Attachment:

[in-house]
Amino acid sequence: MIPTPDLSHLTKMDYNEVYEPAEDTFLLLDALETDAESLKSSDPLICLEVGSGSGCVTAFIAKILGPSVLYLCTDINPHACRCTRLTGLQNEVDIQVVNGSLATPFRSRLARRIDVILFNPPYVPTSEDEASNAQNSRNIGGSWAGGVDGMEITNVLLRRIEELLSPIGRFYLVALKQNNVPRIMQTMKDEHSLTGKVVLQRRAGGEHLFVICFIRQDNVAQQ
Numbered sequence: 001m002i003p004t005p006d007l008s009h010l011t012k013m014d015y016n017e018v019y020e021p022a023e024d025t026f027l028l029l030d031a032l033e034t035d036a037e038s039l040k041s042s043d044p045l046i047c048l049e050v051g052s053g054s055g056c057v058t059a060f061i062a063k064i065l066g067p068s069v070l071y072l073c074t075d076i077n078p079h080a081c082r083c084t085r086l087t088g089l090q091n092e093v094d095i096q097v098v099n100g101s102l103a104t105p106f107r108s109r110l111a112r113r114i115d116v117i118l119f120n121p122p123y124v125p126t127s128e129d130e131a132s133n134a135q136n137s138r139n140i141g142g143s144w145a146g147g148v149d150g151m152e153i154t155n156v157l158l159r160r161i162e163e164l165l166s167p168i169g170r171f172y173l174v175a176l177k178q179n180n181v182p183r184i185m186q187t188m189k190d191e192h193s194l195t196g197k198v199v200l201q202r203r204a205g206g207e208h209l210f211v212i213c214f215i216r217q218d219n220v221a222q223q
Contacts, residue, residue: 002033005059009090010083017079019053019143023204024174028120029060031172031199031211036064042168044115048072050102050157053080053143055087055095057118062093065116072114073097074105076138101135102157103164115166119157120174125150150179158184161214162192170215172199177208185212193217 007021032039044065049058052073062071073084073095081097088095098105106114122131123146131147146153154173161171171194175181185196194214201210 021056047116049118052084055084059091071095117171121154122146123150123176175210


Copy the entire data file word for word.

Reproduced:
[in-house]
Amino acid sequence: MIPTPDLSHLTKMDYNEVYEPAEDTFLLLDALETDAESLKSSDPLICLEVGSGSGCVTAFIAKILGPSVLYLCTDINPHACRCTRLTGLQNEVDIQVVNGSLATPFRSRLARRIDVILFNPPYVPTSEDEASNAQNSRNIGGSWAGGVDGMEITNVLLRRIEELLSPIGRFYLVALKQNNVPRIMQTMKDEHSLTGKVVLQRRAGGEHLFVICFIRQDNVAQQ
Numbered sequence: 001m002i003p004t005p006d007l008s009h010l011t012k013m014d015y016n017e018v019y020e021p022a023e024d025t026f027l028l029l030d031a032l033e034t035d036a037e038s039l040k041s042s043d044p045l046i047c048l049e050v051g052s053g054s055g056c057v058t059a060f061i062a063k064i065l066g067p068s069v070l071y072l073c074t075d076i077n078p079h080a081c082r083c084t085r086l087t088g089l090q091n092e093v094d095i096q097v098v099n100g101s102l103a104t105p106f107r108s109r110l111a112r113r114i115d116v117i118l119f120n121p122p123y124v125p126t127s128e129d130e131a132s133n134a135q136n137s138r139n140i141g142g143s144w145a146g147g148v149d150g151m152e153i154t155n156v157l158l159r160r161i162e163e164l165l166s167p168i169g170r171f172y173l174v175a176l177k178q179n180n181v182p183r184i185m186q187t188m189k190d191e192h193s194l195t196g197k198v199v200l201q202r203r204a205g206g207e208h209l210f211v212i213c214f215i216r217q218d219n220v221a222q223q
Contacts, residue, residue: 002033005059009090010083017079019053019143023204024174028120029060031172031199031211036064042168044115048072050102050157053080053143055087055095057118062093065116072114073097074105076138101135102157103164115166119157120174125150150179158184161214162192170215172199177208185212193217 007021032039044065049058052073062071073084073095081097088095098105106114122131123146131147146153154173161171171194175181185196194214201210 021056047116049118052084055084059091071095117171121154122146123150123176175210